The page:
Vanity Mirror examines the shifting dynamic between art and the viewer, challenging the vanity of viewership in today’s art market. The 2010s witnessed the rise of post-internet art and a saturation of work that allowed for individual artistic representation. However, today’s art galleries have increasingly become spaces for being seen by others. Under this paradigm of selfie culture, art museums become a place where current feel-good platitudes morph into tomorrow’s pure visual sedation, stripped of intellectual pretense showcasing a consumer-optimized art business that encourages passive viewership. The digital documentation of self within an art space becomes a projection of culture, status, and experience for art goers to paste outwardly. Turning artworks rich in meaning and complexity into a thin broth of visual allure and trend thinking. 

The work is designed to capitalize on the vanity of passive viewers, actively live-streaming interactive visuals for gallery-goers, encouraging a reaction via cell phones. If a cellphone is detected, the entire experience shifts: a massive spamming of Pinterest art museum pins, art selfies from instagram, and surveillance images flood the screens. Drawing attention towards the media aggregation within art posting and imposing upon the viewer a moment of thought.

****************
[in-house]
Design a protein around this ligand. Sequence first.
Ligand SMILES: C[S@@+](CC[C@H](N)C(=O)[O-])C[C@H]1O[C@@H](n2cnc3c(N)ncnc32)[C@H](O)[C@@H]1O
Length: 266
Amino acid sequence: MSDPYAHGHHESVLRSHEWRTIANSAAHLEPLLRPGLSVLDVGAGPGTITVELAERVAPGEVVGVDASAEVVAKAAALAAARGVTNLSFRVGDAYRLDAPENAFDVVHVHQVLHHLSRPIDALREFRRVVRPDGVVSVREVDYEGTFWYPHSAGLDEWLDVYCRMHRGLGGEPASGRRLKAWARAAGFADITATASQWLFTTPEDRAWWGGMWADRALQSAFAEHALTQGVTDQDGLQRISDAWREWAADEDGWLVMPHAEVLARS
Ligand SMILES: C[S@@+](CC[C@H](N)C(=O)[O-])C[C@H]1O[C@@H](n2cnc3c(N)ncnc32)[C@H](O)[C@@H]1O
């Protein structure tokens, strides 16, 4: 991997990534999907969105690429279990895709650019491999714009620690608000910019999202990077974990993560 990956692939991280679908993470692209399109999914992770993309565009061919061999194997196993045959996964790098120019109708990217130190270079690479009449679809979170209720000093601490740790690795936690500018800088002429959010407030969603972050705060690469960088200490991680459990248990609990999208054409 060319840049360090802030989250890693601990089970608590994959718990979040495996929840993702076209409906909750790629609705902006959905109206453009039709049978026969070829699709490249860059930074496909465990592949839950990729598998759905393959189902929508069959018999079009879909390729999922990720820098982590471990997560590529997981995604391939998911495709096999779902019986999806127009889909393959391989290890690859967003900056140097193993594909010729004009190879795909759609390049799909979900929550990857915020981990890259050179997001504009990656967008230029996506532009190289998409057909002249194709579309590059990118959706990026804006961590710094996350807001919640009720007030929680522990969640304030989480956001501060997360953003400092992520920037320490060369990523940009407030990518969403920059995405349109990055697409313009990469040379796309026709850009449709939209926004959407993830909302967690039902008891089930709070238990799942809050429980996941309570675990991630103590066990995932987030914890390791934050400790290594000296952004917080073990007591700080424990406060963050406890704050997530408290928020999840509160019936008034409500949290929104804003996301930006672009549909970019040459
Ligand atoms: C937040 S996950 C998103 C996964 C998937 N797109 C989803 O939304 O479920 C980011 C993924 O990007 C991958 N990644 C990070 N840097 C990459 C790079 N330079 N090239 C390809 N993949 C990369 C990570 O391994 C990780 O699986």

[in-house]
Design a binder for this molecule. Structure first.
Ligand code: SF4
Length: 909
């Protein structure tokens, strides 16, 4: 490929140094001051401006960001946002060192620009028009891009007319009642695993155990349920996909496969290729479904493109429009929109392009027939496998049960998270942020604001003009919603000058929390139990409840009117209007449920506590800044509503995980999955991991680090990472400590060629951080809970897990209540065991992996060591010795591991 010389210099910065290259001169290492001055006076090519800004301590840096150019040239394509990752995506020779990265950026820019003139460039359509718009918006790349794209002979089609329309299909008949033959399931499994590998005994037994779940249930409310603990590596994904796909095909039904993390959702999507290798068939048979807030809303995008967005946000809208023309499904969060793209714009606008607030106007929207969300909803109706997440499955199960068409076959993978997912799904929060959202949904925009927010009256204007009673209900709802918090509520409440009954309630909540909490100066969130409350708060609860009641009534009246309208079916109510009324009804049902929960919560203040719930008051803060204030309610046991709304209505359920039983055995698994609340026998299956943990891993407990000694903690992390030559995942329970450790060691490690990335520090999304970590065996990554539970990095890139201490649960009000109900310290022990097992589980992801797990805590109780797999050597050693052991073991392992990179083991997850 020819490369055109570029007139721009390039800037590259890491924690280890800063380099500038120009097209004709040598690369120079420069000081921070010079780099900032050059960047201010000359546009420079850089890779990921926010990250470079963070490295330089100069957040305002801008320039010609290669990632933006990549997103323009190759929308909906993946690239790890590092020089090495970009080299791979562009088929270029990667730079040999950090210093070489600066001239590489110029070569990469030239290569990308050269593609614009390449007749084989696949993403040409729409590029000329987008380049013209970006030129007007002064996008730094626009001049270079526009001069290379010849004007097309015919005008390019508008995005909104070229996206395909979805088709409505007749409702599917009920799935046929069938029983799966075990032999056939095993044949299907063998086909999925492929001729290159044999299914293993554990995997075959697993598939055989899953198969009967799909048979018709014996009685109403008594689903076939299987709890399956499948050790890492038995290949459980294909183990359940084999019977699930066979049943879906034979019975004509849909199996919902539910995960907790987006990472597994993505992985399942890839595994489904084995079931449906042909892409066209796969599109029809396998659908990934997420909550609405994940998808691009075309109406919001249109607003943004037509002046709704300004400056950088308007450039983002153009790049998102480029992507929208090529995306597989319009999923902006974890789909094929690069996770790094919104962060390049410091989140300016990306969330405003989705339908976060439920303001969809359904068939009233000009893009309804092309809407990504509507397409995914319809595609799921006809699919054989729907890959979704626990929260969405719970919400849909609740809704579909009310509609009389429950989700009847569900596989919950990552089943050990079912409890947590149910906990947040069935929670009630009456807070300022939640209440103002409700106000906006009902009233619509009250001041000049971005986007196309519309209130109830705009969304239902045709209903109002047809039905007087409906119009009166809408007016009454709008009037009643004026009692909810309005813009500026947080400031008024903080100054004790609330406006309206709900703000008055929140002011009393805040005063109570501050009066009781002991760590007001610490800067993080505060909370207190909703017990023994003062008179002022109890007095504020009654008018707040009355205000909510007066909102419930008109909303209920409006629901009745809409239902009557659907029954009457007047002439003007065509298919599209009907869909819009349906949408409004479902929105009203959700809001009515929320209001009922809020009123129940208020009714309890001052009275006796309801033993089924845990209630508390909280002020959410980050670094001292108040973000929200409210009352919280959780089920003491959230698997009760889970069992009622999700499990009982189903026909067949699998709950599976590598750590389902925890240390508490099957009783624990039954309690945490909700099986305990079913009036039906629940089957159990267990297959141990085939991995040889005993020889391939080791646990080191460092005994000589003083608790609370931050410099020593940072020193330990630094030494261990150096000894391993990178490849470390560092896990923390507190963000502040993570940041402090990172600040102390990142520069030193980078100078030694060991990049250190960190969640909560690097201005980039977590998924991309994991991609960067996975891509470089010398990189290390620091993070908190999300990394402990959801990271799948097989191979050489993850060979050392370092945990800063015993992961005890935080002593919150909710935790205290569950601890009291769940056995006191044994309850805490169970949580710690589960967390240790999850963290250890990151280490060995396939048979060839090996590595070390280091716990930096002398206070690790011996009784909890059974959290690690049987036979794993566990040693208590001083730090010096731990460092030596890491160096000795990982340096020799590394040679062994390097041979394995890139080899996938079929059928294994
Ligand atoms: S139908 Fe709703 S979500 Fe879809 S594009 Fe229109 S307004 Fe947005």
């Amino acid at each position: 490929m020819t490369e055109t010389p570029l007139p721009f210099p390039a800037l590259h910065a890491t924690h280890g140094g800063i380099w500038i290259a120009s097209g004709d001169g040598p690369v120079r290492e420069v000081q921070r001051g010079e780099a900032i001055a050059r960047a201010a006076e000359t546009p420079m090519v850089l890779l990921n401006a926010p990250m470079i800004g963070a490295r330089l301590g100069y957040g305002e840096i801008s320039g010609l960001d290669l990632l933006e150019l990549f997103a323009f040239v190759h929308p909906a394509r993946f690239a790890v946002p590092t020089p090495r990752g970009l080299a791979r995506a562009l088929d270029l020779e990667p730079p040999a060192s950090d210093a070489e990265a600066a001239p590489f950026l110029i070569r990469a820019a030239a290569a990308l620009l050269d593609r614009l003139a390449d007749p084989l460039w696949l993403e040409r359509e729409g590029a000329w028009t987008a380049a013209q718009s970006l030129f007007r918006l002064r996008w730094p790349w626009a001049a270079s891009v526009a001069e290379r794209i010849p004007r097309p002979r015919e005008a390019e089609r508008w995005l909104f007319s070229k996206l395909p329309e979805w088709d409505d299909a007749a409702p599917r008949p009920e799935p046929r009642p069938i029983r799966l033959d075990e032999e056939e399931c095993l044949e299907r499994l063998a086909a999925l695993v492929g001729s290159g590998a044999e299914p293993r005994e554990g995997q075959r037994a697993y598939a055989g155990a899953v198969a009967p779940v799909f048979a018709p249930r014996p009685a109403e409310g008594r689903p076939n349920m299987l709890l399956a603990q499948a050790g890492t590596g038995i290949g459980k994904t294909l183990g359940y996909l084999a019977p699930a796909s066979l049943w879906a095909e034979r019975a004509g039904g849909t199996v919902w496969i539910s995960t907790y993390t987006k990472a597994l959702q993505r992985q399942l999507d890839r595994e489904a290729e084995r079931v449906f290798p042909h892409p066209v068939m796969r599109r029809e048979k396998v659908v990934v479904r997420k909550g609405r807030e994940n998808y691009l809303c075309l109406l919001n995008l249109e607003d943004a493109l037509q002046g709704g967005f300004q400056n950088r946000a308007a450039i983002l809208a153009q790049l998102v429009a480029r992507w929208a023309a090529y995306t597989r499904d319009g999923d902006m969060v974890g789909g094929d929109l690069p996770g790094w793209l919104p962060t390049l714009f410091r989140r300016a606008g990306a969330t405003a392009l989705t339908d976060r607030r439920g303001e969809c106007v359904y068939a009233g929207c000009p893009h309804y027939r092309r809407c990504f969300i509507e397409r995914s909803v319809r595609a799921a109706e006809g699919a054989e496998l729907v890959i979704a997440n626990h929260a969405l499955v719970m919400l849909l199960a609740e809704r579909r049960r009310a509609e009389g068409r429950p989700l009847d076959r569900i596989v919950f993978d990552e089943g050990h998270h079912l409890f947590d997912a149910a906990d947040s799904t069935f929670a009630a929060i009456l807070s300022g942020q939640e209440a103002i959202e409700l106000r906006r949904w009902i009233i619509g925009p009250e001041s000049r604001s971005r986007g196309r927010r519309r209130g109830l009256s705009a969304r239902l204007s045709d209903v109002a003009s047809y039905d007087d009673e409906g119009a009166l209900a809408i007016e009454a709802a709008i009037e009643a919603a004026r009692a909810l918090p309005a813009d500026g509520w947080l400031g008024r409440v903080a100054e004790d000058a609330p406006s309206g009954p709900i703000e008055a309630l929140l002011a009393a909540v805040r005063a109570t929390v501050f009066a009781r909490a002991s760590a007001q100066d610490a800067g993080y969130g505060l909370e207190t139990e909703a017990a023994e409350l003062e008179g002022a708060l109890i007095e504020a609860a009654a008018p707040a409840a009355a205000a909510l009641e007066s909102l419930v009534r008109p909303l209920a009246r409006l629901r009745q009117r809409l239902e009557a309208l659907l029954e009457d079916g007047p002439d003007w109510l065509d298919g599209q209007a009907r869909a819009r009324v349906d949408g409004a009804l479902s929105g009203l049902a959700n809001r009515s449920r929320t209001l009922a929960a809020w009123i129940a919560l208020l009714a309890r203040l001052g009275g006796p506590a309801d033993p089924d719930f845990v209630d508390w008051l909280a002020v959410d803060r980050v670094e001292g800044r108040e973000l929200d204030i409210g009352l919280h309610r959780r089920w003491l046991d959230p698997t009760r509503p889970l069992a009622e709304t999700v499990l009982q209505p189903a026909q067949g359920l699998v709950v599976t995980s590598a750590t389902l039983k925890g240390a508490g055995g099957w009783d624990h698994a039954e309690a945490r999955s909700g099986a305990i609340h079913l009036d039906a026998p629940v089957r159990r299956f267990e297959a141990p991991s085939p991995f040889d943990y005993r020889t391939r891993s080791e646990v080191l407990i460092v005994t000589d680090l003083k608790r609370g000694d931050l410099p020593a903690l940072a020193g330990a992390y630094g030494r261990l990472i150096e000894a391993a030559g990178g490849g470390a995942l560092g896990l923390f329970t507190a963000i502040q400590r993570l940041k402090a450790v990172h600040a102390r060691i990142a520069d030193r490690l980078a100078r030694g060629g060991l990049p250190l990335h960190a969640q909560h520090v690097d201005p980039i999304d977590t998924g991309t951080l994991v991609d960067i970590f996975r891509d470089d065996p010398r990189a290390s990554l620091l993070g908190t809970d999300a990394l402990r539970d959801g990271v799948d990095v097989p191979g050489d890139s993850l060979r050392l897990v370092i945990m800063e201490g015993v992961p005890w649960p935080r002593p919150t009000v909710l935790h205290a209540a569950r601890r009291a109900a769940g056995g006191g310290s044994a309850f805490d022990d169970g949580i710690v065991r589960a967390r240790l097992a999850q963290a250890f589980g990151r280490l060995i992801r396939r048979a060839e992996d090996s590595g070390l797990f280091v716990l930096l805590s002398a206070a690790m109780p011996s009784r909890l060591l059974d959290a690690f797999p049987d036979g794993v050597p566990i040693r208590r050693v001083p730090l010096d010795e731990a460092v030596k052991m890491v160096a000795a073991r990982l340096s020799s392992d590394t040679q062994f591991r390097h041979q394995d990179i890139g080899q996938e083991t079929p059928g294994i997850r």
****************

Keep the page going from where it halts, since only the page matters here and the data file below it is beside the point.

Luke McCutcheon


Currently Living and working out of Toronto Ontario, Luke McCutcheon is a lens-based photographer/artist Interested in mixed material design and installation. His practice works with nuanced histories, contemporary issues, and Scientific structures. Working mostly through installation, Luke’s approach is grounded in the visual and spacial impact of a story.